The fifth annual DART to The Finish charity walk benefitting Dana’s Angels Research Trust (DART) took place Saturday, September 24, 2022, at Greenwich Point Park in Old Greenwich, and virtually across the country. More than 300 participated and helpedraised more than $175,000, which will go towards supporting crucial research into better treatments, clinical trials and genetic testing for Niemann Pick type C disease (NPC), a very rare childhood disease that is often referred to as Childhood Alzheimer’s.
“What a beautiful day we had for our fifth annual DART to The Finish charity walk,” said Andrea Marella, co-founder of DART. “We want to thank everyone who walked with us, both in-person and virtually, to help us raise funds for finding better treatments for NPC. This year has had a lot of progress with potentially moving two life-saving treatments forward with the FDA and the funds raised at this walk will help further research on these and other potential treatments for children impacted by NPC.”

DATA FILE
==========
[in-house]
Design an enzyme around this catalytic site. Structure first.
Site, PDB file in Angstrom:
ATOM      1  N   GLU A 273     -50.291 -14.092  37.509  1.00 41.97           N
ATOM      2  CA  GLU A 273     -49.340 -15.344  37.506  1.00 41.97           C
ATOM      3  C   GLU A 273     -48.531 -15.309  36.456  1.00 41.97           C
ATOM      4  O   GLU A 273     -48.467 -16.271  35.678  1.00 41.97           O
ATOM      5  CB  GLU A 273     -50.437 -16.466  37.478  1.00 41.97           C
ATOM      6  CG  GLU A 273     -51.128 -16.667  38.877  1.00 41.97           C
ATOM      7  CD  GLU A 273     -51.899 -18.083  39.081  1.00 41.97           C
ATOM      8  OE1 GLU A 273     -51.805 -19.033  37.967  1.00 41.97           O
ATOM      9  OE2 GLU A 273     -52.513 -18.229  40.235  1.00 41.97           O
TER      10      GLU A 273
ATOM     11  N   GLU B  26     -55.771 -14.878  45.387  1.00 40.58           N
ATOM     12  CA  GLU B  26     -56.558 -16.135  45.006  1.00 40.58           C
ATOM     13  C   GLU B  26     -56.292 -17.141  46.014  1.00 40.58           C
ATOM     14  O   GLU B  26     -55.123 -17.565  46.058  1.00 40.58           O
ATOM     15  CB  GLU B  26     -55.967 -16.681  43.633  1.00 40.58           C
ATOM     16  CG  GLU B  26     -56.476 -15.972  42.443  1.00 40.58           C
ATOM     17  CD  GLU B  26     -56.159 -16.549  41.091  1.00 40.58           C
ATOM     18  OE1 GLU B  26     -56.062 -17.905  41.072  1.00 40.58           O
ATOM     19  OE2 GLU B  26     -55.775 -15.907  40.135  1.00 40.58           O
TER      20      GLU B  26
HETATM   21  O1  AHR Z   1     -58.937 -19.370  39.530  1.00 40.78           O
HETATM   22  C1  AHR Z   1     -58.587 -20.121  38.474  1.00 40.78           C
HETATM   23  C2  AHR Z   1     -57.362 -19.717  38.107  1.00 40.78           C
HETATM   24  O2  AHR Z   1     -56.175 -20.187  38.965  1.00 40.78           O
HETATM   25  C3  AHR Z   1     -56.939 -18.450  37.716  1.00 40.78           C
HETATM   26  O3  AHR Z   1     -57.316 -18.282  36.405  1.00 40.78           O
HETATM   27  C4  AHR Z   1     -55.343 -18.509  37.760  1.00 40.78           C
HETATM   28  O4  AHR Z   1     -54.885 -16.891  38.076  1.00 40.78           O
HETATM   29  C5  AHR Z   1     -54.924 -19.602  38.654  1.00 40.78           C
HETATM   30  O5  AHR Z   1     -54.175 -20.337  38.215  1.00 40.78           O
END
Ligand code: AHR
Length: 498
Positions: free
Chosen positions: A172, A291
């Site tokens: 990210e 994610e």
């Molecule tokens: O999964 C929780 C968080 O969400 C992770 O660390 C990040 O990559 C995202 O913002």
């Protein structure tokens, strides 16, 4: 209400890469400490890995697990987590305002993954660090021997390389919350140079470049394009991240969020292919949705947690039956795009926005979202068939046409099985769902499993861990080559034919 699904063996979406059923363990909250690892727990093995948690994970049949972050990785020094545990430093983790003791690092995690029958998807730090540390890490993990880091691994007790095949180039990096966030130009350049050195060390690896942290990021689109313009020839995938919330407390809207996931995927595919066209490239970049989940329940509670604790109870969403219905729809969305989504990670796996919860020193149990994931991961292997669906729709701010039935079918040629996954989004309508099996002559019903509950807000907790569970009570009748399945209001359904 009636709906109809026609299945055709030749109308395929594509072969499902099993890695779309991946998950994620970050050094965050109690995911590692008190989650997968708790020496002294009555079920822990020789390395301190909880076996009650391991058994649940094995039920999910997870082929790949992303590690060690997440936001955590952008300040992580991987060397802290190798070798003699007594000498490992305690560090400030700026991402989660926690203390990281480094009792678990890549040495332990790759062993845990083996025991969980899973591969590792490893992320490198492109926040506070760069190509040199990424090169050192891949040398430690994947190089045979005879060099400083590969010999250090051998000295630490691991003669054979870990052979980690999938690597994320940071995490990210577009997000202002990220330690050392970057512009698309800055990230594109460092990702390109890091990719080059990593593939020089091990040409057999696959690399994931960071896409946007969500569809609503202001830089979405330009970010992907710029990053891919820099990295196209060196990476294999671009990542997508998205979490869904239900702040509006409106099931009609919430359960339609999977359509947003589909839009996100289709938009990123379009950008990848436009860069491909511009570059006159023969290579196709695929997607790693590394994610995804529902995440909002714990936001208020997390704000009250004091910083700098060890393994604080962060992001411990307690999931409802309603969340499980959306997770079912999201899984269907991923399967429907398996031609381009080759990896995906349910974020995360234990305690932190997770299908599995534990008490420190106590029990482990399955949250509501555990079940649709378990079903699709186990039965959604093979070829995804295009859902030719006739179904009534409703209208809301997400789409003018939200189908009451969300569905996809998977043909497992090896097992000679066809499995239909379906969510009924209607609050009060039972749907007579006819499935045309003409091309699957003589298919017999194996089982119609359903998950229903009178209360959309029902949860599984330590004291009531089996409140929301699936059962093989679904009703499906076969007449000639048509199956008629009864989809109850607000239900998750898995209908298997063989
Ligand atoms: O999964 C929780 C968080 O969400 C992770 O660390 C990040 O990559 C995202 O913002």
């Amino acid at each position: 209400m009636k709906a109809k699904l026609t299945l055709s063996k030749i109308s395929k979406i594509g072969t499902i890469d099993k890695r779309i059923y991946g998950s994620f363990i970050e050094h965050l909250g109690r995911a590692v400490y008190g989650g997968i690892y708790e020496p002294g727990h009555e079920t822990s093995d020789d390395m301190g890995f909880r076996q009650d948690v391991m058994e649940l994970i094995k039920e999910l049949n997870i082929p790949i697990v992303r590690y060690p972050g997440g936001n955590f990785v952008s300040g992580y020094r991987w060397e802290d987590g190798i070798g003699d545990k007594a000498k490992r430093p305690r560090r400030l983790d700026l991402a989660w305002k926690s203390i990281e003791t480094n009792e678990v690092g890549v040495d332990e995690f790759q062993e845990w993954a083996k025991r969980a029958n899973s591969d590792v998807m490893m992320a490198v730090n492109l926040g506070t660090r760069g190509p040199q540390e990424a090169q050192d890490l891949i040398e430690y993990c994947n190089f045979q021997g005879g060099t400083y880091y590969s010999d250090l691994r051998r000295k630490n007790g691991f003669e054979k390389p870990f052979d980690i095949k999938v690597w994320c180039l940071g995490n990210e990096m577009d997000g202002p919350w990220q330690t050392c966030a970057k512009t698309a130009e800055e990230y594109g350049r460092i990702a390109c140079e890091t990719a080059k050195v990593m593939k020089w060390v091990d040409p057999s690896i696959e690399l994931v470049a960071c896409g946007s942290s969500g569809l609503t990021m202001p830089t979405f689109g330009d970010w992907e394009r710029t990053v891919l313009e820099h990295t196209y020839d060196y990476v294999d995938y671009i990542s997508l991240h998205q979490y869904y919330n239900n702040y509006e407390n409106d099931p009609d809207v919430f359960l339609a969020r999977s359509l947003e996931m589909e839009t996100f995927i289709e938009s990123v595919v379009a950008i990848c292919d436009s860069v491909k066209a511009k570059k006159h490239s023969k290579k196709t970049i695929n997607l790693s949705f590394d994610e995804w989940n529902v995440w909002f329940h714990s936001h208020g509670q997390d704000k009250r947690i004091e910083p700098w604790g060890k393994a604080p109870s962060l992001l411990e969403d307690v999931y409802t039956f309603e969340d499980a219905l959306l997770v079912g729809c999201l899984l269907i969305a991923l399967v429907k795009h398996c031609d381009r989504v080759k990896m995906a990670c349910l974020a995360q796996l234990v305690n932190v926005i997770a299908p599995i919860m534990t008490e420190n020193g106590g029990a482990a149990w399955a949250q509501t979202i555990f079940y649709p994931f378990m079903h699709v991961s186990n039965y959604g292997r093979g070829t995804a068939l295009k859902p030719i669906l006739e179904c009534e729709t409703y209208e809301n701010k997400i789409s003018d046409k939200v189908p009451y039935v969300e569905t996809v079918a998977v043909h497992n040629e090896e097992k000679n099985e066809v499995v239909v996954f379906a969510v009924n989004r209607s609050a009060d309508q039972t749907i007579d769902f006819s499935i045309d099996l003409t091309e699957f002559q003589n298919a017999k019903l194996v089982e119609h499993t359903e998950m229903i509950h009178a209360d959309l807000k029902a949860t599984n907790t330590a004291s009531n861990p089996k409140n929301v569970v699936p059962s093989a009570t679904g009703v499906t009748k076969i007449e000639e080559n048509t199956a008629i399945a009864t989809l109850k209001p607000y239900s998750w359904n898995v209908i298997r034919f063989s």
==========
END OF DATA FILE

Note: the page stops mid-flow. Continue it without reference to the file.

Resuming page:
Dana’s Angels Research Trust was founded in 2002 by Andrea and Phil Marella of Greenwich, Connecticut, after two of their four children, Dana and Andrew, were diagnosed with Niemann-Pick type C disease (NPC). Dana sadly passed away in 2013 at age 19. But Andrew, who turned 23 in June, is doing better due to being enrolled in a clinical trial to slow the progression of the disease. Andrew is able to walk, talk and even holds a part time job at the Prospector Theater in Ridgefield, Connecticut, something the Marella’s were only able to dream about for Andrew before DART started raising funds for potential treatments.